Have you ever been in the middle of rural Wisconsin in the middle of the night? There is a shit-ton of open space. While it can be beautiful, in that moment I couldn’t to take in the beauty. I was in the middle of nowhere with nowhere to escape. As my fears started to bubble up, I reached out to my good friend Jana, I was hoping she could recommend a self-help book that would get me through it.
“All the books in the world will do nothing in comparison to using your body to transform it,” was Jana’s response.
I took a deep breath and decided that I would do my best to take her advice to heart.
And then, it hit me. I had thought it was flying that was to blame for my absolute terror. Nope. It was the void I spent the last decade trying to fill.
All of a sudden, I felt a rush of emotions. My 16-year-old self flashed through my mind and greeted me with a tape measure wrapped around her body. My 13-year-old self stood helpless and in pain of her own doing. Then, I saw the moment when the void was formed. And I saw the ways I was trying to use Instagram to fill it.
I saw my 11-year-old self crying alone in a corner, rejected by her friends. She was left out, ditched and bullied.
It all started to make sense.
I thought I had found acceptance as the fitness personality on my channels, but the person I was portraying wasn’t who I truly was.
I had found acceptance in being the girl who shared fitness photos. I found validation with every post I made. With every follower I gained, I felt the acceptance I never experienced previously.
When I finally saw all of the pieces of my life together, every choice, every feeling, and every experience I faced up until that point started to make sense. It was as though my life was a movie and had the underlying theme of acceptance woven throughout it. My experience with bullying had led me to believe that part of me wasn’t deserving of a voice. But that voice was desperately trying to be heard. Though I did a great job at burying that voice down, it used the flight to make sure I heard it.
And, I did.
I spent the next few weeks crying every morning. Without knowing the significance of it in my life, I started a journaling and breathing practice. Every morning I’d wake up, sit on my couch, and try my best to take some deep breaths and get my thoughts down on paper. At first there were more tears than words in my journal. But every morning, I tried and tried again. And again.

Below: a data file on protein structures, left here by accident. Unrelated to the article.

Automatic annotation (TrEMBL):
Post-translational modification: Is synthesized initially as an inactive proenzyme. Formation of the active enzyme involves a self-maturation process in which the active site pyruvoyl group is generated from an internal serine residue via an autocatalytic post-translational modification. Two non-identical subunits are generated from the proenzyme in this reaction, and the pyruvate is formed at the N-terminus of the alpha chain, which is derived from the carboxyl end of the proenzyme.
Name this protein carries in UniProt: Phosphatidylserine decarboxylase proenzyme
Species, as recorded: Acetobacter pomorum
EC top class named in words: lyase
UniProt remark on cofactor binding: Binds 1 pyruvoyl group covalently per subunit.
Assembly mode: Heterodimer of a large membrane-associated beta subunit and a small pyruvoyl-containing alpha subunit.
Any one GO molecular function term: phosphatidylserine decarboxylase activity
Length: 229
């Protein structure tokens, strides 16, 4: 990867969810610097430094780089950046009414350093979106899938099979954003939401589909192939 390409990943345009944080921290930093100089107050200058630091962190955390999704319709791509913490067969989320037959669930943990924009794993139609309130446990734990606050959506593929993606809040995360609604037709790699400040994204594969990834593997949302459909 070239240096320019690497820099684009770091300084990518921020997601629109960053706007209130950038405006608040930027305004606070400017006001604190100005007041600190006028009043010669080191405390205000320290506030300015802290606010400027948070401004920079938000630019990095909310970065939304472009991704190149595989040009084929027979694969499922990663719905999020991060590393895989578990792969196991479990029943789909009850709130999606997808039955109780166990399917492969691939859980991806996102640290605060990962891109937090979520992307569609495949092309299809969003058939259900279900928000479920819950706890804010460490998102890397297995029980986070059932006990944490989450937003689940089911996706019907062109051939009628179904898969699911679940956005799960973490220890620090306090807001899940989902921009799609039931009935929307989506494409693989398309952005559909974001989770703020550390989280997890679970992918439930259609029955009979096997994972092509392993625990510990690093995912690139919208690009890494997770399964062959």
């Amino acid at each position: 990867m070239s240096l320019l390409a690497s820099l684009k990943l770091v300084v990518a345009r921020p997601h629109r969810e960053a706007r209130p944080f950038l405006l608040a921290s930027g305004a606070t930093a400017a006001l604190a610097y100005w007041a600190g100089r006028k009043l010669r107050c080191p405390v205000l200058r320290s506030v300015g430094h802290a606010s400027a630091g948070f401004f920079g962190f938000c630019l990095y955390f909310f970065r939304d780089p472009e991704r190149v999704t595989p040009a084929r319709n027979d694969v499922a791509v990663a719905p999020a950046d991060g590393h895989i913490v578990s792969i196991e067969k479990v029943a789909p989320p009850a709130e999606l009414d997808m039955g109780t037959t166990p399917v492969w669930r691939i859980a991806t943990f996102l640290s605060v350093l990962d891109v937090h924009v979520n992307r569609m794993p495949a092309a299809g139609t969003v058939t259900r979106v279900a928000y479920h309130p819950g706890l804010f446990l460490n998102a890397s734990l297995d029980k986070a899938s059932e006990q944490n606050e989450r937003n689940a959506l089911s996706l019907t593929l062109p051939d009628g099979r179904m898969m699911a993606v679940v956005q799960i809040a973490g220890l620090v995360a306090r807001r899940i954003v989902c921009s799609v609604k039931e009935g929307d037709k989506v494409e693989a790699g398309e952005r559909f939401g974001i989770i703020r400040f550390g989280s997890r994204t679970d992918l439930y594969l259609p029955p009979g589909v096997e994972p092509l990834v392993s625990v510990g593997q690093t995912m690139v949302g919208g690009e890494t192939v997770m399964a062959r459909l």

Though the tears eventually stopped, my practice did not. I slowly started to put the pieces back together. As I discovered on the road trip, I had no place to hide. The feelings came from within, and I was finally willing to listen to myself. Each morning I would journal and engage in a dialogue with a part of myself I’d been ignoring. I journaled with my body, with my past, with my emotions. It may sound odd, but it worked. Piece by piece. Word by word.
I started connecting with myself.
Through journaling I found the value my body offered, regardless of its size. I discovered that the emotional pain that caused me to hurt myself in my younger years was simply an emotion that needed to be felt so it could be released. I connected with my worth and found my own acceptance.
During this process, what I had been previously sharing on my accounts faded away. I no longer turned to the platform to find acceptance, but to share the power of the practice that saved my life and helped me finally accept myself. I stopped flashing my abs and masking self-doubt with costumes and contrived poses. I started showing my authentic self—the one who’s vulnerable and imperfect, the one who eats cookies and doesn’t feel bad about it because there’s no reason to feel bad about that. It was a public reckoning that caused me to lose over 70,000 Instagram followers in the year that followed. But I gained much more than that. I finally found my way to Sophie Gray.